As the January 6th Committee investigation has moved forward with some degree of transparency, and the DOJ’s January 6th investigation has moved forward mostly in secret with only occasional major leaks, one of the big questions has been whether the two investigative bodies are coordinating their efforts.
For instance, when the January 6th Committee asked that Steve Bannon be criminally indicted for contempt, the DOJ promptly did it. But when the committee then asked that Mark Meadows be criminally indicted for contempt, the DOJ held off doing so for months, while seemingly building a broader criminal case against Meadows. So are the two investigations on the same page or not?
Even with the criminal contempt referral against him pending, the January 6th Committee is still trying to get the courts to force Meadows to resume his cooperation with its probe. Some of the committee’s filings in that suit have been public, including the revelation that multiple House Republicans were colluding with Meadows to overthrow the election results. But it turns out the committee has also been making sealed filings against Meadows, for unknown reasons.
Yesterday, more than a dozen major news outlets asked the court to make those sealed filings public. The media’s motivation in this is obvious: it wants to be able to report on whatever is in those filings. The question is why the January 6th Committee is so insistent upon keeping these specific details about Meadows under seal, even while allowing other details about Meadows to surface in public filings.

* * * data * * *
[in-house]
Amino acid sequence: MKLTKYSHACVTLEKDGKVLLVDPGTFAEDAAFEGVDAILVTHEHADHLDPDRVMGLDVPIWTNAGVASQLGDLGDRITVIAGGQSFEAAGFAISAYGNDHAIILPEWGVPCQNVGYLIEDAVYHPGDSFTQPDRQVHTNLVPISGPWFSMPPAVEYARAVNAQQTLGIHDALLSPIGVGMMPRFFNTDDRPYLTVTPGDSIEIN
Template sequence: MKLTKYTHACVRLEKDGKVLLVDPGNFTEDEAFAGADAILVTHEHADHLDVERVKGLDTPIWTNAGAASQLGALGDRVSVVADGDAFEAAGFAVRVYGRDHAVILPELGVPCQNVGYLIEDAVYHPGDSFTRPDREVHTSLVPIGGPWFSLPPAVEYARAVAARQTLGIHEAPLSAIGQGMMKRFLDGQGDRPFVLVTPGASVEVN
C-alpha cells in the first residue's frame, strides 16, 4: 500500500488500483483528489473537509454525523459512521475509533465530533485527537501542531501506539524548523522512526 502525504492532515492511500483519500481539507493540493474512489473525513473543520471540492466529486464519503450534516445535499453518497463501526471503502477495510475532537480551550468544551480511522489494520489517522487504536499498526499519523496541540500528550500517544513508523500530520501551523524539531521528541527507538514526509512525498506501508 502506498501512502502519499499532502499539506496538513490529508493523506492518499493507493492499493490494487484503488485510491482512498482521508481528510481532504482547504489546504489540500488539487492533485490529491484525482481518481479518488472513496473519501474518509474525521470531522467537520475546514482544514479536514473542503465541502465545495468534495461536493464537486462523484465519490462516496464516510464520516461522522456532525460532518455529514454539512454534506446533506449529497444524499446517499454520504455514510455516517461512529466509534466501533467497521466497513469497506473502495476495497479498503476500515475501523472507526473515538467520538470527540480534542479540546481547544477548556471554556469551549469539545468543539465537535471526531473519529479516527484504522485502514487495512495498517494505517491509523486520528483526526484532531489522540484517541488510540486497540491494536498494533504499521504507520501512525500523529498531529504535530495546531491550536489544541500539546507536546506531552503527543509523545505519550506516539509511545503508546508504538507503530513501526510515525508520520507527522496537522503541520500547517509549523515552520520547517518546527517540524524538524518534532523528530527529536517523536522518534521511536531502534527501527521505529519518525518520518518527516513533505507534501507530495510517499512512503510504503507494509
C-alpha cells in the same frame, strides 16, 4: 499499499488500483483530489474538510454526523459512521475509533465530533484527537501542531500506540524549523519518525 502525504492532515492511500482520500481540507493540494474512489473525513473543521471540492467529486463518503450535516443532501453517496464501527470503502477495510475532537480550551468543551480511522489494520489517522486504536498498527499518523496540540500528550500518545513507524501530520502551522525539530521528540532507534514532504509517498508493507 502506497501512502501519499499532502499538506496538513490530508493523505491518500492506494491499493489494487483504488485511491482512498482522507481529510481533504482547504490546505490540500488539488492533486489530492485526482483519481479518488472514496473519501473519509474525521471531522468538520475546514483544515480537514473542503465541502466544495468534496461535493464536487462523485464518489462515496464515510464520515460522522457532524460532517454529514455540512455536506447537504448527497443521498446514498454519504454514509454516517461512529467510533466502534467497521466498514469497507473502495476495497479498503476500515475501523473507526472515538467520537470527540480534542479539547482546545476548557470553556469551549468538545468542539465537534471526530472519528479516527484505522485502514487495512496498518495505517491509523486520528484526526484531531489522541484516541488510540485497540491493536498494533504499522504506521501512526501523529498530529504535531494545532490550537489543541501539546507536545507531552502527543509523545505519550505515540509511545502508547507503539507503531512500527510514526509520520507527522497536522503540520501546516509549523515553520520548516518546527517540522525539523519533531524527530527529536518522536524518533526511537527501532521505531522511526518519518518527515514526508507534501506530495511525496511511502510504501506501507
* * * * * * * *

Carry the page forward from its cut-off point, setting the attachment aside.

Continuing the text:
One theory is that the committee simply wants to keep certain bombshells under wraps until its public hearings begin. But would it really be worth going to all that trouble in court, and to get into a legal battle with the media, just to keep these details secret for another month?
Dr. Allison Gill of “Mueller, She Wrote” fame may have hit on something when she theorized that the January 6th Committee may be attempting to keep these details about Meadows under wraps, because the DOJ doesn’t want pieces of its broader criminal case against Meadows to surface before his inevitable indictment.
This would suggest one of two things. Either the DOJ is asking the committee to keep certain details of the Meadows case under seal as a courtesy, or the DOJ gave those details of the Meadows case to the committee under the condition that they be kept under wraps until after a certain investigative timeframe. Either way, it would mean the DOJ and the January 6th Committee have been working together on some unknown level – which would be a fascinating twist heading into the committee’s public hearings and the DOJ’s eventual indictment season.
Bill Palmer is the publisher of the political news outlet Palmer Report